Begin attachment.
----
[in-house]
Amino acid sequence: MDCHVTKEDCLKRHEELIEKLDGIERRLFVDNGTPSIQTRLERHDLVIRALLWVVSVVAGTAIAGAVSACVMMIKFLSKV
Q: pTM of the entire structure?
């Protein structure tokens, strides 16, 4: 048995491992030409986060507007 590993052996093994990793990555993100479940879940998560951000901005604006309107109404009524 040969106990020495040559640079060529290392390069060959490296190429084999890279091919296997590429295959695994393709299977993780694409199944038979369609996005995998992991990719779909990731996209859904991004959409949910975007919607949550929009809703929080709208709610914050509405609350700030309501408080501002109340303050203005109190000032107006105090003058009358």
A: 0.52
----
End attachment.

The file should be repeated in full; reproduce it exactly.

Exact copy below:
[in-house]
Amino acid sequence: MDCHVTKEDCLKRHEELIEKLDGIERRLFVDNGTPSIQTRLERHDLVIRALLWVVSVVAGTAIAGAVSACVMMIKFLSKV
Q: pTM of the entire structure?
């Protein structure tokens, strides 16, 4: 048995491992030409986060507007 590993052996093994990793990555993100479940879940998560951000901005604006309107109404009524 040969106990020495040559640079060529290392390069060959490296190429084999890279091919296997590429295959695994393709299977993780694409199944038979369609996005995998992991990719779909990731996209859904991004959409949910975007919607949550929009809703929080709208709610914050509405609350700030309501408080501002109340303050203005109190000032107006105090003058009358």
A: 0.52